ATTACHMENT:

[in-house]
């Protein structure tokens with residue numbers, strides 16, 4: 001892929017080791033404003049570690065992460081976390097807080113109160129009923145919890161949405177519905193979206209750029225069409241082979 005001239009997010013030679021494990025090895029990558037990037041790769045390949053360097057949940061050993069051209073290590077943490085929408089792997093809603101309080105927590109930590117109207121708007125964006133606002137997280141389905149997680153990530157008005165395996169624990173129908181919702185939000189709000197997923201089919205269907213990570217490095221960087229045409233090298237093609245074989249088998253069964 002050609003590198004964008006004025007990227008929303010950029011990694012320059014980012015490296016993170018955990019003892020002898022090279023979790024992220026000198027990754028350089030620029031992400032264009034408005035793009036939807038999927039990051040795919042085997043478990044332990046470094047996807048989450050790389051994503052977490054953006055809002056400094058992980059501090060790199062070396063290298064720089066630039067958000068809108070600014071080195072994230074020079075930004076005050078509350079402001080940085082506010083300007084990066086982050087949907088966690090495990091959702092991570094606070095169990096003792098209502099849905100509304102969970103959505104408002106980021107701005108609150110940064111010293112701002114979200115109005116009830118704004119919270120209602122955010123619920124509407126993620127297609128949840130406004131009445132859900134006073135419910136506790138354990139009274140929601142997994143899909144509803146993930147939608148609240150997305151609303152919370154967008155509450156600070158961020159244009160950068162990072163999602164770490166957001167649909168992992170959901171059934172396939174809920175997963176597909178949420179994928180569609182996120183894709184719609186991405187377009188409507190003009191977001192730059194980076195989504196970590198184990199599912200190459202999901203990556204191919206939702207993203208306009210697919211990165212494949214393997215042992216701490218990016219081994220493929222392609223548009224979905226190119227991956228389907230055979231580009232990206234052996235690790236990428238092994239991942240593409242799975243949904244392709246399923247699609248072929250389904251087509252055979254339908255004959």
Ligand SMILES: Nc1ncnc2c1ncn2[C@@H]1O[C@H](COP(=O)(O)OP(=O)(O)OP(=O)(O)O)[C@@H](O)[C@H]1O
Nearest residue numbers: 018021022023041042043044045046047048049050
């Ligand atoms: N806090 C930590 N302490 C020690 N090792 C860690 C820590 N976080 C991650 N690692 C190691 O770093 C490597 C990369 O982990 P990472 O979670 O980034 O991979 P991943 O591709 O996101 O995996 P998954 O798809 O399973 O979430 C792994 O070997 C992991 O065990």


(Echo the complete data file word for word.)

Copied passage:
[in-house]
């Protein structure tokens with residue numbers, strides 16, 4: 001892929017080791033404003049570690065992460081976390097807080113109160129009923145919890161949405177519905193979206209750029225069409241082979 005001239009997010013030679021494990025090895029990558037990037041790769045390949053360097057949940061050993069051209073290590077943490085929408089792997093809603101309080105927590109930590117109207121708007125964006133606002137997280141389905149997680153990530157008005165395996169624990173129908181919702185939000189709000197997923201089919205269907213990570217490095221960087229045409233090298237093609245074989249088998253069964 002050609003590198004964008006004025007990227008929303010950029011990694012320059014980012015490296016993170018955990019003892020002898022090279023979790024992220026000198027990754028350089030620029031992400032264009034408005035793009036939807038999927039990051040795919042085997043478990044332990046470094047996807048989450050790389051994503052977490054953006055809002056400094058992980059501090060790199062070396063290298064720089066630039067958000068809108070600014071080195072994230074020079075930004076005050078509350079402001080940085082506010083300007084990066086982050087949907088966690090495990091959702092991570094606070095169990096003792098209502099849905100509304102969970103959505104408002106980021107701005108609150110940064111010293112701002114979200115109005116009830118704004119919270120209602122955010123619920124509407126993620127297609128949840130406004131009445132859900134006073135419910136506790138354990139009274140929601142997994143899909144509803146993930147939608148609240150997305151609303152919370154967008155509450156600070158961020159244009160950068162990072163999602164770490166957001167649909168992992170959901171059934172396939174809920175997963176597909178949420179994928180569609182996120183894709184719609186991405187377009188409507190003009191977001192730059194980076195989504196970590198184990199599912200190459202999901203990556204191919206939702207993203208306009210697919211990165212494949214393997215042992216701490218990016219081994220493929222392609223548009224979905226190119227991956228389907230055979231580009232990206234052996235690790236990428238092994239991942240593409242799975243949904244392709246399923247699609248072929250389904251087509252055979254339908255004959």
Ligand SMILES: Nc1ncnc2c1ncn2[C@@H]1O[C@H](COP(=O)(O)OP(=O)(O)OP(=O)(O)O)[C@@H](O)[C@H]1O
Nearest residue numbers: 018021022023041042043044045046047048049050
């Ligand atoms: N806090 C930590 N302490 C020690 N090792 C860690 C820590 N976080 C991650 N690692 C190691 O770093 C490597 C990369 O982990 P990472 O979670 O980034 O991979 P991943 O591709 O996101 O995996 P998954 O798809 O399973 O979430 C792994 O070997 C992991 O065990």